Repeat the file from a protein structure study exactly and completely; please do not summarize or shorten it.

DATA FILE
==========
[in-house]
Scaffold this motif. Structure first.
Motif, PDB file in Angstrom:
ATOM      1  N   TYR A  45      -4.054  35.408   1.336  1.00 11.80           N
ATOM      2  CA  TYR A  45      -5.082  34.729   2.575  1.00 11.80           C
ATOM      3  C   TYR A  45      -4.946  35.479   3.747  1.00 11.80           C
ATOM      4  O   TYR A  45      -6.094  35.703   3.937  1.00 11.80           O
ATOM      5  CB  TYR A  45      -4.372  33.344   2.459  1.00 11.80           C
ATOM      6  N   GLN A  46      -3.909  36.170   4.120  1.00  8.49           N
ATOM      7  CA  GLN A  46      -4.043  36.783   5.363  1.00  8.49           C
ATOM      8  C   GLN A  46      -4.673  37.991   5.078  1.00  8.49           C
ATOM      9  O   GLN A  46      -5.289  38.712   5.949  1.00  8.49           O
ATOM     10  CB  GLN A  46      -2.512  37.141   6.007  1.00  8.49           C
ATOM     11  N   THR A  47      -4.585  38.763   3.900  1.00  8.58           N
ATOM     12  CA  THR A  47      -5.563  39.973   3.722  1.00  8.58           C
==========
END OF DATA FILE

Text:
[in-house]
Scaffold this motif. Structure first.
Motif, PDB file in Angstrom:
ATOM      1  N   TYR A  45      -4.054  35.408   1.336  1.00 11.80           N
ATOM      2  CA  TYR A  45      -5.082  34.729   2.575  1.00 11.80           C
ATOM      3  C   TYR A  45      -4.946  35.479   3.747  1.00 11.80           C
ATOM      4  O   TYR A  45      -6.094  35.703   3.937  1.00 11.80           O
ATOM      5  CB  TYR A  45      -4.372  33.344   2.459  1.00 11.80           C
ATOM      6  N   GLN A  46      -3.909  36.170   4.120  1.00  8.49           N
ATOM      7  CA  GLN A  46      -4.043  36.783   5.363  1.00  8.49           C
ATOM      8  C   GLN A  46      -4.673  37.991   5.078  1.00  8.49           C
ATOM      9  O   GLN A  46      -5.289  38.712   5.949  1.00  8.49           O
ATOM     10  CB  GLN A  46      -2.512  37.141   6.007  1.00  8.49           C
ATOM     11  N   THR A  47      -4.585  38.763   3.900  1.00  8.58           N
ATOM     12  CA  THR A  47      -5.563  39.973   3.722  1.00  8.58           C